The team reflected on the Base Camp Earth experience and what they had learned:

Q: You guys arrived and met a bunch of people you didn't know, and were asked to research something you didn't know much about. Was it hard for you personally? How did it go?

Jamie: It was kinda hard, because we only had three days to put together a presentation, and the first day was really only half a day to begin with. We pretty much had to learn things as we went. It's opened my views on what I consider life - a lot.

Tom: It went pretty good. For the most part we didn't know each other, but I think it went better than you might expect. We were able to get together and work it out.

Eric: They say it takes about three days for groups of strangers to come together - but we only had three days to come up with our presentation, so we had to push that, and make our group come together within the first day or two.

Justin: I think it's like a puzzle. All the pieces came together perfectly.

Q: What have you really liked?

Eric: Getting to know everybody, new people. Making new friends.

Jamie: Not having a set schedule... When we get tired or bored, we can quit and then come back, so we're more on task and stuff. And the learning experience of it. I've learned a lot about bacteria and stuff like that, which is really going to be a help in biology.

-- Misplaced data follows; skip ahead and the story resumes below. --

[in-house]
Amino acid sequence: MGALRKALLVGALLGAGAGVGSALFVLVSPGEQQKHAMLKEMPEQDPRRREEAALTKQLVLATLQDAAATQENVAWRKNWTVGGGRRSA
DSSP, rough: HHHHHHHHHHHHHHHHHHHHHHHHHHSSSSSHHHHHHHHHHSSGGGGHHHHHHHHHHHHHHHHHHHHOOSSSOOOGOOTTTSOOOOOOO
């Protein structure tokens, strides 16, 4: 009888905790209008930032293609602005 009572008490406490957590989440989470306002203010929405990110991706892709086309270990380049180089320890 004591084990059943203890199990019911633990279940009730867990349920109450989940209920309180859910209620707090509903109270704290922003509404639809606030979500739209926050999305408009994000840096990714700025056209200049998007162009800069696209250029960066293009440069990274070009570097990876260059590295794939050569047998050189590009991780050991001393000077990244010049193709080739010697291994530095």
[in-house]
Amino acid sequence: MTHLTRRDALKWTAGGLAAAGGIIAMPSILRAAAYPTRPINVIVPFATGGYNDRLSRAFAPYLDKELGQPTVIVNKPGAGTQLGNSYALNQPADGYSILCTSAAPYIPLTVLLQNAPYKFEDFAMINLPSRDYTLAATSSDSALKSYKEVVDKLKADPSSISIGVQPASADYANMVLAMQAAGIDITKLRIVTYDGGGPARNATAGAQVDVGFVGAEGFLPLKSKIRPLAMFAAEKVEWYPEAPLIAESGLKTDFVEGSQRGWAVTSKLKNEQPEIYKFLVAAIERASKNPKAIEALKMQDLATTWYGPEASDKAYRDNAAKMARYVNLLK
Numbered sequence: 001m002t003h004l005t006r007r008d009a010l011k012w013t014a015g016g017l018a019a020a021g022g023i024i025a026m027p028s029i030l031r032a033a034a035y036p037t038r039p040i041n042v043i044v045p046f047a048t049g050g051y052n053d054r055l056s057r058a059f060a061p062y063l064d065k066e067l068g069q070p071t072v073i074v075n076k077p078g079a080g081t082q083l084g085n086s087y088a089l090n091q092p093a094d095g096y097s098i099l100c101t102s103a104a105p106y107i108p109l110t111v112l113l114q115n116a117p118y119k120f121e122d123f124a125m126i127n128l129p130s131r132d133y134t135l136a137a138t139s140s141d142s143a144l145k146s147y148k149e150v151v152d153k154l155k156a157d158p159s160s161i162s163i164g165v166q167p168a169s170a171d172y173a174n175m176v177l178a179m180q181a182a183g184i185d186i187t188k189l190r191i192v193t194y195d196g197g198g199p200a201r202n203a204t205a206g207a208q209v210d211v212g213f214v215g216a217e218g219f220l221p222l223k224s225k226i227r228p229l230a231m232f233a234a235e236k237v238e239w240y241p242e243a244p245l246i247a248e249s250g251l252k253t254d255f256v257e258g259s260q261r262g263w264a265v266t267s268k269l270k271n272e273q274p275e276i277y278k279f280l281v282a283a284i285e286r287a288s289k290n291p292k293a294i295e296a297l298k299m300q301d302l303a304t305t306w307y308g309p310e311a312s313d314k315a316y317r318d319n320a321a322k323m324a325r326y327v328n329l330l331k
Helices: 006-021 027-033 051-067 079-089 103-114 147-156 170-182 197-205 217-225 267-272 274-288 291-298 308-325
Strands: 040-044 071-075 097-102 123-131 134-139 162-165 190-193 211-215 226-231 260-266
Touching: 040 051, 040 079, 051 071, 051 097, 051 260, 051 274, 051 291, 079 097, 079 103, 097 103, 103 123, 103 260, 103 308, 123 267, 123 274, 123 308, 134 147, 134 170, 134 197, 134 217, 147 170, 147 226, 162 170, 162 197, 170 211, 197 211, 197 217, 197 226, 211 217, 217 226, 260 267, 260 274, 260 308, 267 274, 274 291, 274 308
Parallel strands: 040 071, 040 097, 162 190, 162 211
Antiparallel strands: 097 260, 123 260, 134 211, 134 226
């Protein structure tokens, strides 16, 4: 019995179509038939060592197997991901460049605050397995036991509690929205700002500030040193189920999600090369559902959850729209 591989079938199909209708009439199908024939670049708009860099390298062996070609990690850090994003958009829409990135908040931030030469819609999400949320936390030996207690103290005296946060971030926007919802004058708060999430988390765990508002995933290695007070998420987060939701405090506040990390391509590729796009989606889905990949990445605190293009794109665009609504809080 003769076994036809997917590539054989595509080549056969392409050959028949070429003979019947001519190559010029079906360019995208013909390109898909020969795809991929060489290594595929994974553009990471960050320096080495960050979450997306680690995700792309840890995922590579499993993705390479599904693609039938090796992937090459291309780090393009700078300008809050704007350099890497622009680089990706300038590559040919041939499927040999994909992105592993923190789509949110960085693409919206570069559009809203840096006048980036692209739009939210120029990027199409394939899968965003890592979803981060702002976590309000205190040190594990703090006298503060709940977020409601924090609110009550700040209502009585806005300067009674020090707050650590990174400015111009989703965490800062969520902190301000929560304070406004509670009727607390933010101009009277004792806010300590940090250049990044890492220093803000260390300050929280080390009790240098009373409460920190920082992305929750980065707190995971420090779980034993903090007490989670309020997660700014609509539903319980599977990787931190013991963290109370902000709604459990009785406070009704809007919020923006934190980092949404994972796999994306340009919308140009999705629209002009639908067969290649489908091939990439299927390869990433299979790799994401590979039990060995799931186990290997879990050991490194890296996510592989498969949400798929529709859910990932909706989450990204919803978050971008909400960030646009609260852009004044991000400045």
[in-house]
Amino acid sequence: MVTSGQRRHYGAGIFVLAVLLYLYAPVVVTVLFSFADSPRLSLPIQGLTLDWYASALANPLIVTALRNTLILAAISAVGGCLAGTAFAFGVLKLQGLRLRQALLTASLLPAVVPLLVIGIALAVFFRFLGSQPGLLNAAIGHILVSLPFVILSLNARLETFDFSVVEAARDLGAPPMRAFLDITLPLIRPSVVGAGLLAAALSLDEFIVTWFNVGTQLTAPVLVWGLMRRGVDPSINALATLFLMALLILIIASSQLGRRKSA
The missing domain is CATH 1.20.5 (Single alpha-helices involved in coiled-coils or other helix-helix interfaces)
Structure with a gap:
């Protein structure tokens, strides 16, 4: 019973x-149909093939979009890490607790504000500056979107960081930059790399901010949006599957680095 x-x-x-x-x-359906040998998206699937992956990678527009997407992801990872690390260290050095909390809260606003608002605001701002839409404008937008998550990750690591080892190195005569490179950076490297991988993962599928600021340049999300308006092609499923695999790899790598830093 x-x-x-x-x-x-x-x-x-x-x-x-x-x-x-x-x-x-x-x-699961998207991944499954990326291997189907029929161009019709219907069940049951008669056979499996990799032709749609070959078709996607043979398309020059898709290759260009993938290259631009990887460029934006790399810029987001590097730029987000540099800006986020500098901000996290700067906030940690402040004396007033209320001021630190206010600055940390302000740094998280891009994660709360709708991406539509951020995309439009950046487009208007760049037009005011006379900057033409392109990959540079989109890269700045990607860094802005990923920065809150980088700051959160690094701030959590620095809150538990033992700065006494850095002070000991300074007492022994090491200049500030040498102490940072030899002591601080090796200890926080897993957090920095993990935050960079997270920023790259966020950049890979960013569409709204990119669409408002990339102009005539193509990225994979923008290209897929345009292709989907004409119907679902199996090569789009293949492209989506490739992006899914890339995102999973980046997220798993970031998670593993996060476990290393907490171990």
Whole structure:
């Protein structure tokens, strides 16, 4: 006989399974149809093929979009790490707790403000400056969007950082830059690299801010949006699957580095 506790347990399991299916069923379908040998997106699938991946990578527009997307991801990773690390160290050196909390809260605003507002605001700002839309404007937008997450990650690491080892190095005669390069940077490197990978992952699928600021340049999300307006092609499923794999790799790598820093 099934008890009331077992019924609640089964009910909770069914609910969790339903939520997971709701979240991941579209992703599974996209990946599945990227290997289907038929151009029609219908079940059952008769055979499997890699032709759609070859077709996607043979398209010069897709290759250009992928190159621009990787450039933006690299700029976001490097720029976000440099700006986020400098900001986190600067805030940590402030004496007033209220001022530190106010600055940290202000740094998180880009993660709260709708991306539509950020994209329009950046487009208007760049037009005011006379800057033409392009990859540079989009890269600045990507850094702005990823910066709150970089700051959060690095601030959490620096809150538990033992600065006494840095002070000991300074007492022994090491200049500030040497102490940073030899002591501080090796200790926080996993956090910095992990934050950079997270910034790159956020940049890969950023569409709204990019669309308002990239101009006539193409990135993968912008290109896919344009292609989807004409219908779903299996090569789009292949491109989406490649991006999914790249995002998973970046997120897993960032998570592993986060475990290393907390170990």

Justin: I've probably learned a lot more here than I would have sitting in a classroom for two days... or going through a book. It's not boring, what we're doing, it's more -

Jamie: Hands-on.

Justin: Yeah. Don't have to sit there and listen to someone talk.

Tom: Yeah. We have a lot of lecturing in school.

Eric: I think you learn better when you have to find the information. If it's right there in the book, you don't focus on it.

Jamie: How we're taking notes - you HAVE to go through it and read it, and summarize it. When people lecture, most of the time you just halfway listen to it. You don't really learn as much.

Q: Anything else?

Jamie: Like, when we first came here we were talking about what we considered life. I've widened my views on what I think of when I say "life". I would have said, something that breathes oxygen, something that needs food. But now I've read about all kinds of creatures... algaic things in Antarctica...

Tom: Yeah, and things that can live in temperatures up to 239 F. That's hotter than boiling water. That seems hot enough to kill anything. But take a look, there's life there.


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